Quantifying Comics

How do readers integrate text and images to make sense of comics? Or: What formal characteristics distinguish today’s long-form graphic narratives and serial comics? These are two of the diverse questions that guide the early-career research group “Hybrid Narrativity: Digital and Cognitive Approaches to Graphic Literature,” based at the universities of Paderborn and Potsdam in Germany since Spring 2015. Established with major funding from the German Federal Ministry of Education and Research (BMBF), the group assembles an unusual mix of people for a humanities project: computer and cognitive scientists work closely with literary critics and cultural historians. Our goal, of course, is to find out more about comics – and, in particular, contemporary graphic narrative in English, including graphic novels, memoirs, and journalism. Yet we aim to do so with the help of empirical methods that produce research results which can be replicated and falsified. In the process, we are developing infrastructure that, we hope, will prove useful to other researchers: an XML-based markup language and editor software that allows for the annotation of all visual and verbal aspects of comics; an online database and digitized corpus of 250 book-length narratives that covers the years 1975-2015; as well as a second corpus which records readers of comics with the help of high-speed eyetracking cameras. Much of this research remains work in progress but you can download a beta version of our editor here. The database, which includes relevant information on authors and publication details, will become available in early 2017.

The computational analysis of comics still represents a novel and challenging undertaking. The digital humanities are undergoing rapid growth but don’t pay much attention to comics. Therefore, we’re adapting existing approaches for our specific needs. These include image plots, which were pioneered in art history, and social networks, which have a long history in fields as diverse as physics and sociology. Our adoption of eyetracking research attempts to bridge the divide between textual analysis and reception studies. Given that empirical comics studies remains a small, albeit growing, area of research, we also aim to bring together interested scholars. Over the last two years, we’ve organized workshops and masterclasses with Lev Manovich and Neil Cohn, and our first larger conference – titled, “The Empirical Study of Comics” – will take place from 7-9 February 2017.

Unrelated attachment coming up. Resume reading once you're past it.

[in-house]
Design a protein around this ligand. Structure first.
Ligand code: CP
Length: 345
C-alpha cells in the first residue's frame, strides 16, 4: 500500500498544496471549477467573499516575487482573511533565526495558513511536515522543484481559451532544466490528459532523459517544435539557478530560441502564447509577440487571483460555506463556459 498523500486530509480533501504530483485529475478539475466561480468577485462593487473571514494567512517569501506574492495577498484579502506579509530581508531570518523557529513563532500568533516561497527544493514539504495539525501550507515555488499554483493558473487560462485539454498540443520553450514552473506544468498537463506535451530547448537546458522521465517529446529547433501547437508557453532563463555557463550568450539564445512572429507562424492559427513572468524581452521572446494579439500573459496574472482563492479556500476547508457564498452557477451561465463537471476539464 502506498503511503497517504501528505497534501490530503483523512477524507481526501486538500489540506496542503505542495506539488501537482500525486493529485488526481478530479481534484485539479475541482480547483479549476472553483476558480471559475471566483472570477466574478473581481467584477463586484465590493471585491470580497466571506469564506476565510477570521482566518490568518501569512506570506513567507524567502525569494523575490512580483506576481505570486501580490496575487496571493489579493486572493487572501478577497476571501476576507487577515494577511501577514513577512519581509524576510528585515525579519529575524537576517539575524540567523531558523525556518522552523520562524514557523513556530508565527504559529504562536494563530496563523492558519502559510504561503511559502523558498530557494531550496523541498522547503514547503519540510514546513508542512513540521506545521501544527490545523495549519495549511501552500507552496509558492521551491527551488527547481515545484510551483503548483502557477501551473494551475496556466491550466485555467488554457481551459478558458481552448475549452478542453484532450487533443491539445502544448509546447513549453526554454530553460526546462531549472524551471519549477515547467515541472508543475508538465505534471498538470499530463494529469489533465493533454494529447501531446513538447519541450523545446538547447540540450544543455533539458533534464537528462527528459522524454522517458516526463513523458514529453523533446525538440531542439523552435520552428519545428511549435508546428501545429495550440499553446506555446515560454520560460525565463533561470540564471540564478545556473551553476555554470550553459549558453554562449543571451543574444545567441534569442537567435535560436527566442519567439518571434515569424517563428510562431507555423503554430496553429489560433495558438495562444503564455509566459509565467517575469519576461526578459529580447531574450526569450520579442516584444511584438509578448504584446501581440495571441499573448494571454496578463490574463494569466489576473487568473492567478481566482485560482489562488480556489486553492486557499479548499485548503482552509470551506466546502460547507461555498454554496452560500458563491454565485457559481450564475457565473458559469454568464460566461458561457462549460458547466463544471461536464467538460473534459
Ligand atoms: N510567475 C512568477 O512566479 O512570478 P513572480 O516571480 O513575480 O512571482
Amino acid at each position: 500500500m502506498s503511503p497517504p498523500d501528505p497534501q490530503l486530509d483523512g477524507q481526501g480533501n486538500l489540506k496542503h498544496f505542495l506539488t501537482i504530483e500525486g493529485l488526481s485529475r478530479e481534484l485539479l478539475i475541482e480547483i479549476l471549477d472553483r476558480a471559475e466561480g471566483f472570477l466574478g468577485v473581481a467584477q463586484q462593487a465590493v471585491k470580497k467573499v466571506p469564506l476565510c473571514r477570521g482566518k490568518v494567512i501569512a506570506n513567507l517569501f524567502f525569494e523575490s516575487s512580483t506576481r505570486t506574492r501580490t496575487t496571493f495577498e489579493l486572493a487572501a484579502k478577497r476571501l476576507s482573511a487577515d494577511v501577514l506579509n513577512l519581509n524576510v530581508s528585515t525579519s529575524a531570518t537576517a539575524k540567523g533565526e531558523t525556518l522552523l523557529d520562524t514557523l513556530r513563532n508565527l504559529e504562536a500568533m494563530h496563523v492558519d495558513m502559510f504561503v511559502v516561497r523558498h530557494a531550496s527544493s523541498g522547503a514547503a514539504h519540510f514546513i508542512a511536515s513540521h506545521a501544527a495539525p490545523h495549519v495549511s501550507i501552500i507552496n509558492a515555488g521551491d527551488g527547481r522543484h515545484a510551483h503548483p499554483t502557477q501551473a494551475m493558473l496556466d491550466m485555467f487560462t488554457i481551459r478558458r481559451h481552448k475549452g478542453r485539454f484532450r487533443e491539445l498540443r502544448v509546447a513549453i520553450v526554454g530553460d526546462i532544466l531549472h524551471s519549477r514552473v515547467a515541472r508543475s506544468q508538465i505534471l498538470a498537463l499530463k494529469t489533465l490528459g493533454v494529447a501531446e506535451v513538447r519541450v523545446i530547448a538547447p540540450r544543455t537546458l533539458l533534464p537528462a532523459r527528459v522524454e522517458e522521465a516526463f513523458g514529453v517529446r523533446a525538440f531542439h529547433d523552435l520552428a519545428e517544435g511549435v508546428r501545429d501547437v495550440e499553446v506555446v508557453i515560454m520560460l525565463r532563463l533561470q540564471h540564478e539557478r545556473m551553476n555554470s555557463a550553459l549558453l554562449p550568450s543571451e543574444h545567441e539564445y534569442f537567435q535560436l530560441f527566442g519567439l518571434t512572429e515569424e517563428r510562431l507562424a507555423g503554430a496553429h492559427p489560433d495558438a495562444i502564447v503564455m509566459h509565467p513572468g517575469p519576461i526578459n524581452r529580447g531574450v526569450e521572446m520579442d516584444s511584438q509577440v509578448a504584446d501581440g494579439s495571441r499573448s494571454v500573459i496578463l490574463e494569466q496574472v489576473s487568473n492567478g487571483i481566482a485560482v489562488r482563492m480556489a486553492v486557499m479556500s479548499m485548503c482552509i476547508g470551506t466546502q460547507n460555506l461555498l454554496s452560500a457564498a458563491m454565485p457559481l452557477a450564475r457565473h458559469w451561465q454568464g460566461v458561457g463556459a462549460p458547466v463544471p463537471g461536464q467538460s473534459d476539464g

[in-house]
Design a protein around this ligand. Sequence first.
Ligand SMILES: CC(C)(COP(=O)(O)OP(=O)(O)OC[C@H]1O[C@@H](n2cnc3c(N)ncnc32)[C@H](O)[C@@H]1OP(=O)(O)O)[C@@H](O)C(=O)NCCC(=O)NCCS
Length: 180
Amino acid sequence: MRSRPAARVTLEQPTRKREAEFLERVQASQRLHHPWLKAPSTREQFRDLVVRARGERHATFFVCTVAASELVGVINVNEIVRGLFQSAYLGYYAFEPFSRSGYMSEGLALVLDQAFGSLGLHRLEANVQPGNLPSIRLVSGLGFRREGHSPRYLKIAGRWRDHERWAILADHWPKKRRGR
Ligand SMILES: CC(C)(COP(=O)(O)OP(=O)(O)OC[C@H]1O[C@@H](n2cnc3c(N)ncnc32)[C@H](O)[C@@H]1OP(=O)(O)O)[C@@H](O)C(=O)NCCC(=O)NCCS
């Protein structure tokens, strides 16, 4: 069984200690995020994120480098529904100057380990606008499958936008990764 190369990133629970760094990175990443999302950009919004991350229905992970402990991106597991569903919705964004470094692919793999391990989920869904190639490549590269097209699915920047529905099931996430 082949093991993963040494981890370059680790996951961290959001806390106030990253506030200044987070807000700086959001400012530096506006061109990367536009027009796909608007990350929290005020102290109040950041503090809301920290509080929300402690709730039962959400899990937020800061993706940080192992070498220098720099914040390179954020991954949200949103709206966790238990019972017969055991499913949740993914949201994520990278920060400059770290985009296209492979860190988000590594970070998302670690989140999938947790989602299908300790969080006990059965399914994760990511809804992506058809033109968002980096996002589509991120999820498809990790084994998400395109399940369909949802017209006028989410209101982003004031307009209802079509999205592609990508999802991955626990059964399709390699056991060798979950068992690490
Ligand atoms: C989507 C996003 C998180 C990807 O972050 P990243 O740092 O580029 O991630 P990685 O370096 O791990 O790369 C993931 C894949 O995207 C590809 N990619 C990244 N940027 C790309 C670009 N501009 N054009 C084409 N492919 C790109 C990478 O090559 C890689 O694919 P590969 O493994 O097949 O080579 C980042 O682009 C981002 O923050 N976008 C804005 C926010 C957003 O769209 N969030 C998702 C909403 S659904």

Where does that leave the research questions with which we began? The need to build infrastructure means that we’ve been doing a lot of ground work so far. Learning how to construct reliable corpora and designing software takes time. Still, initial results have been encouraging. We never imagined that readers spend 80 to 90 per cent of their time on text. In fact, only characters’ faces or objects relevant to the narrative get a look in. However, those who read comics regularly allocate more time to scanning images for contextual clues. Our digitized pilot corpus has also yielded first, tentative, insights. Graphic memoirs, a subgenre that supplies many of the best-known examples of contemporary comics, seem to be distinguished by a larger amount of narrative text than any other subgenre and feature significantly less dialogue. In addition, their protagonists are more visually dominant and central to the plot. These distinctions between subgenres did not hold when we looked at female characters. Graphic novels such as V for Vendetta and City of Glass feature hardly any or no conversations between women. The situation proves even more severe when ethnic minorities are taken into consideration: the graphic novel remains a largely white format. As we go along, we expect more robust result the larger our corpus becomes – and, hopefully, some additional surprises.

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